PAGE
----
The peculiar courtship between Sirius XM Radio (NASDAQ:SIRI) and Pandora (NYSE:P) is taking some odd turns in January. Things kicked off earlier this month with Sirius XM CFO David Frear casting doubts on a potential pairing during the CES expo. Frear would go on to argue that buyout activity doesn't seem likely.
Advocates of Sirius XM snapping up Pandora have argued that a deal makes sense given Sirius XM's lack of success when it comes to achieving critical mass with its streaming component, but Frear feels that the ballyhooed cross-selling opportunities may not be as tantalizing as proponents think.
It seemed as if this would be the end of another Wall Street story of unrequited love, but late last week, sources were telling The New York Post that Sirius XM is still interested in making a play for Pandora -- at the right price. Chairman Greg Maffei was reportedly telling some shareholders that Sirius XM is still exploring a purchase of Pandora.
Pandora isn't going to wait forever
The Wall Street Journal reported last summer that Sirius XM's majority stakeholder was attempting to buy Pandora for $15 a share. Sources at the time said that Pandora rebuffed the offer, holding out for a bid closer to $20 that clearly never came.
Pandora closed at $13 yesterday. It has spent most of the past year trading between the high single digits and low teens. The stock's 52-week high is $14.98, and you have to go all the way back to late 2015 to find the last time that Pandora stock was fetching more than the initial $15 offer.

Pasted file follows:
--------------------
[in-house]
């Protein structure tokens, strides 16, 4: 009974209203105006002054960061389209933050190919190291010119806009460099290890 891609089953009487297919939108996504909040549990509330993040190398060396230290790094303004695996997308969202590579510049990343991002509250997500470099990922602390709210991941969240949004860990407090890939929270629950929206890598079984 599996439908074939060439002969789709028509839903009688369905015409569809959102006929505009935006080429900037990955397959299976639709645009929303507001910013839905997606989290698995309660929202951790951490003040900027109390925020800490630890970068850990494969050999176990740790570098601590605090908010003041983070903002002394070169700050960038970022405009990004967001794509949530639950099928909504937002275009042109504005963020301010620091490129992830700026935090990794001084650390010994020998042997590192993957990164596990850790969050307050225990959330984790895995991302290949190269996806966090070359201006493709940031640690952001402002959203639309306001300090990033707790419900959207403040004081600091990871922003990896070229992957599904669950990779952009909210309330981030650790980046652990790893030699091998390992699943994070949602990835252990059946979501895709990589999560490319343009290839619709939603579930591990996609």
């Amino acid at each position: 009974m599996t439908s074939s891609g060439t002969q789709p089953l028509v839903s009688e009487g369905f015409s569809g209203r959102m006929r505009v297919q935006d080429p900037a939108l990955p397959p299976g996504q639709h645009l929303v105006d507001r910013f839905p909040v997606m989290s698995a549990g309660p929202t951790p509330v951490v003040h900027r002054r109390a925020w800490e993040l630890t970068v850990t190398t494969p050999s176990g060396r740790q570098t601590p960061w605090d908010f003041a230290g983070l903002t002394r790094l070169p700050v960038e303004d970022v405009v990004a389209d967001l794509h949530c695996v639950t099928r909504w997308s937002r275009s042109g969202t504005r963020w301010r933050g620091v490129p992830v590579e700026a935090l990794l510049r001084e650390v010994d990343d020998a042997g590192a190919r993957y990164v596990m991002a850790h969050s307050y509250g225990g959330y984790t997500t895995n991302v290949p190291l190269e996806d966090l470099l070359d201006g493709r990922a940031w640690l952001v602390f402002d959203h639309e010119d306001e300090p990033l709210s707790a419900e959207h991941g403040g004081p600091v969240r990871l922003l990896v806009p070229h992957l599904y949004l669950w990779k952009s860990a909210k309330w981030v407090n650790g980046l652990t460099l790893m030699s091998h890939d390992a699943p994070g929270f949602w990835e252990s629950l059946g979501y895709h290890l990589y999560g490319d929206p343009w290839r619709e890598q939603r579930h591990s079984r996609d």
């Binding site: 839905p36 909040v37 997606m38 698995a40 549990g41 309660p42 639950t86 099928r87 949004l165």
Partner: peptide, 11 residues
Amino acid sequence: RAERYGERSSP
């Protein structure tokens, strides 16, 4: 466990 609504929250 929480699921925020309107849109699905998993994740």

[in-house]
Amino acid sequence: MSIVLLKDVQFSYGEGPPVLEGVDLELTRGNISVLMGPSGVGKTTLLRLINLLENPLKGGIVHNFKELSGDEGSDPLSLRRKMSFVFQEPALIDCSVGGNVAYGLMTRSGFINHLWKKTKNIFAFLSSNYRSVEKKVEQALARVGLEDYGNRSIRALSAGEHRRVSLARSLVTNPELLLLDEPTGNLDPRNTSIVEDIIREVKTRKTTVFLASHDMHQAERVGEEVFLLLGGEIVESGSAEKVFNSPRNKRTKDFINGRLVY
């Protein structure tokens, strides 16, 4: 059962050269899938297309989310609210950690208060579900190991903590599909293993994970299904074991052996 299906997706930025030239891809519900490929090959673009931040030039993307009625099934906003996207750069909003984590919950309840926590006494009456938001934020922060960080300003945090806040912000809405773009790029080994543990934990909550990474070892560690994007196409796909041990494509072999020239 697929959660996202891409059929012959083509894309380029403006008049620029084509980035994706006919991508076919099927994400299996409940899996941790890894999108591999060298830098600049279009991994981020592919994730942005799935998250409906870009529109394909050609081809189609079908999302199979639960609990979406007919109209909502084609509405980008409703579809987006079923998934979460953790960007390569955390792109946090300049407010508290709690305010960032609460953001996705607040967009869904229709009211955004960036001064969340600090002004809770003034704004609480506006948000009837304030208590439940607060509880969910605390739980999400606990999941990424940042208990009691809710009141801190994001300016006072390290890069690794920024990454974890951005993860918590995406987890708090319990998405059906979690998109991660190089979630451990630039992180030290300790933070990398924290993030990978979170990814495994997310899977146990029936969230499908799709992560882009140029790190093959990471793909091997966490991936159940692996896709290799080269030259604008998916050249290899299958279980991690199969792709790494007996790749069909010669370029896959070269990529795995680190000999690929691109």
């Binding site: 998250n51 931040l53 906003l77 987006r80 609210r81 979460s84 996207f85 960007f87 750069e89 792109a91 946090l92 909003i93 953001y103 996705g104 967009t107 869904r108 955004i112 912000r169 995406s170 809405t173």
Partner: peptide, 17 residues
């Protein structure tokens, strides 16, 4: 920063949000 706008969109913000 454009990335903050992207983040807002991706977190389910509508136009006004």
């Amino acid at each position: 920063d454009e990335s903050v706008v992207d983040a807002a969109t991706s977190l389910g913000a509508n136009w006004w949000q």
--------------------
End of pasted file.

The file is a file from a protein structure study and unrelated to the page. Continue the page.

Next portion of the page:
It seems that buyout speculation is about the only thing moving Pandora shares these days, but that wasn't the case late last week. Shares of Pandora spiked higher on Friday after the streaming music pioneer revealed that revenue and adjusted EBITDA for the holiday quarter would exceed its earlier guidance. Strength in its advertising business and a refreshing uptick in premium subscribers helped prop up the results.
Pandora signed up 375,000 net new subscribers to its premium Pandora Plus platform, raising its tally of paying accounts to more than 4.3 million. This is still just over 5% of its total user base, but Pandora's inability to wean freeloaders off its ad-based service has been a pressure point for some Wall Street pros in the past.
Some will rightfully argue that Sirius XM doesn't need Pandora. Shares of Sirius XM hit a 10-year high this month after the company announced that it wrapped up 2016 with a whopping 31.1 million subscribers to its satellite radio service. However, it's clear that Pandora is still on its radar if the stock stays low without the fundamentals falling apart. That window is there now, but it may not last.